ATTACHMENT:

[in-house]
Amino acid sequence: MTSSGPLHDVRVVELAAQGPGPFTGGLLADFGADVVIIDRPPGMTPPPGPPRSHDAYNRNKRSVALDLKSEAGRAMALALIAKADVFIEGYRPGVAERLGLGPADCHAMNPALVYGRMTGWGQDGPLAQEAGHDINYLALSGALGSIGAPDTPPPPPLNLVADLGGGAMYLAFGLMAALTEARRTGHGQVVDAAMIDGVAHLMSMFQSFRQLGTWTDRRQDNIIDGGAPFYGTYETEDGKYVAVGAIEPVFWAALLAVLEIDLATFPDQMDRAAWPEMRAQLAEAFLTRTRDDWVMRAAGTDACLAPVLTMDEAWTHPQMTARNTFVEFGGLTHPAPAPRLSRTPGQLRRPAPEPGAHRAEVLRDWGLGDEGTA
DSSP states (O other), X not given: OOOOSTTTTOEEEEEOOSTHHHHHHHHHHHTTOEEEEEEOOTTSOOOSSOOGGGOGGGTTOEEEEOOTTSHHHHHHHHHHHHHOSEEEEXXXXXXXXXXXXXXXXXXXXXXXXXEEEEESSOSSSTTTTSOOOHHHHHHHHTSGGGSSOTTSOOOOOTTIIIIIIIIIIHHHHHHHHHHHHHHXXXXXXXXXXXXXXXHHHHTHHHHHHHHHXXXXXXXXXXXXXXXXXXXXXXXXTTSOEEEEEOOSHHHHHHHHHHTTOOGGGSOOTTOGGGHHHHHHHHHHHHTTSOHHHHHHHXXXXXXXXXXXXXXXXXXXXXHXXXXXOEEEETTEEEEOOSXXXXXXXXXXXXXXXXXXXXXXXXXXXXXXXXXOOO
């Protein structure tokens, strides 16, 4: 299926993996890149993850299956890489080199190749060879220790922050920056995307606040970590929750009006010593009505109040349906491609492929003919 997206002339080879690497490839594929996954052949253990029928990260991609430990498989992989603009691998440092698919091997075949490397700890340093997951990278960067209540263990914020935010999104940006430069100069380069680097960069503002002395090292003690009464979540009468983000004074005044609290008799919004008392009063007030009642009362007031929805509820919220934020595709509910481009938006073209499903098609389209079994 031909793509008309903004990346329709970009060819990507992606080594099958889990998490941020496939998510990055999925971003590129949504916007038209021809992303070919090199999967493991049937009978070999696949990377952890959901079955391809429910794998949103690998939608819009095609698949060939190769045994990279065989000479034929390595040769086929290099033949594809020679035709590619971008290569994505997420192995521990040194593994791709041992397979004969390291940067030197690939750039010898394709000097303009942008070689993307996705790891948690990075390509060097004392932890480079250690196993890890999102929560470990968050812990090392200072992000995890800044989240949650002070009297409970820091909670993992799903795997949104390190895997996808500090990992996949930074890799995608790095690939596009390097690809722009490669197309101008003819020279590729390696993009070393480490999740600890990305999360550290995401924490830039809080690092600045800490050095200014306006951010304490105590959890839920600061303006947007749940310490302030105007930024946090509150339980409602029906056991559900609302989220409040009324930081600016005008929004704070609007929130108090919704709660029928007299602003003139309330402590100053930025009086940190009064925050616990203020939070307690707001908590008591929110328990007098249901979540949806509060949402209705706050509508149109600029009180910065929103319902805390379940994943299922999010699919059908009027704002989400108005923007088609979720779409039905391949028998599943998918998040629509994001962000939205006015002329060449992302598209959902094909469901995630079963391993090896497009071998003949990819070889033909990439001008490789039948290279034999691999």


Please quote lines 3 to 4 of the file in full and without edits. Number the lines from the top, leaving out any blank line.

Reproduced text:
DSSP states (O other), X not given: OOOOSTTTTOEEEEEOOSTHHHHHHHHHHHTTOEEEEEEOOTTSOOOSSOOGGGOGGGTTOEEEEOOTTSHHHHHHHHHHHHHOSEEEEXXXXXXXXXXXXXXXXXXXXXXXXXEEEEESSOSSSTTTTSOOOHHHHHHHHTSGGGSSOTTSOOOOOTTIIIIIIIIIIHHHHHHHHHHHHHHXXXXXXXXXXXXXXXHHHHTHHHHHHHHHXXXXXXXXXXXXXXXXXXXXXXXXTTSOEEEEEOOSHHHHHHHHHHTTOOGGGSOOTTOGGGHHHHHHHHHHHHTTSOHHHHHHHXXXXXXXXXXXXXXXXXXXXXHXXXXXOEEEETTEEEEOOSXXXXXXXXXXXXXXXXXXXXXXXXXXXXXXXXXOOO
């Protein structure tokens, strides 16, 4: 299926993996890149993850299956890489080199190749060879220790922050920056995307606040970590929750009006010593009505109040349906491609492929003919 997206002339080879690497490839594929996954052949253990029928990260991609430990498989992989603009691998440092698919091997075949490397700890340093997951990278960067209540263990914020935010999104940006430069100069380069680097960069503002002395090292003690009464979540009468983000004074005044609290008799919004008392009063007030009642009362007031929805509820919220934020595709509910481009938006073209499903098609389209079994 031909793509008309903004990346329709970009060819990507992606080594099958889990998490941020496939998510990055999925971003590129949504916007038209021809992303070919090199999967493991049937009978070999696949990377952890959901079955391809429910794998949103690998939608819009095609698949060939190769045994990279065989000479034929390595040769086929290099033949594809020679035709590619971008290569994505997420192995521990040194593994791709041992397979004969390291940067030197690939750039010898394709000097303009942008070689993307996705790891948690990075390509060097004392932890480079250690196993890890999102929560470990968050812990090392200072992000995890800044989240949650002070009297409970820091909670993992799903795997949104390190895997996808500090990992996949930074890799995608790095690939596009390097690809722009490669197309101008003819020279590729390696993009070393480490999740600890990305999360550290995401924490830039809080690092600045800490050095200014306006951010304490105590959890839920600061303006947007749940310490302030105007930024946090509150339980409602029906056991559900609302989220409040009324930081600016005008929004704070609007929130108090919704709660029928007299602003003139309330402590100053930025009086940190009064925050616990203020939070307690707001908590008591929110328990007098249901979540949806509060949402209705706050509508149109600029009180910065929103319902805390379940994943299922999010699919059908009027704002989400108005923007088609979720779409039905391949028998599943998918998040629509994001962000939205006015002329060449992302598209959902094909469901995630079963391993090896497009071998003949990819070889033909990439001008490789039948290279034999691999």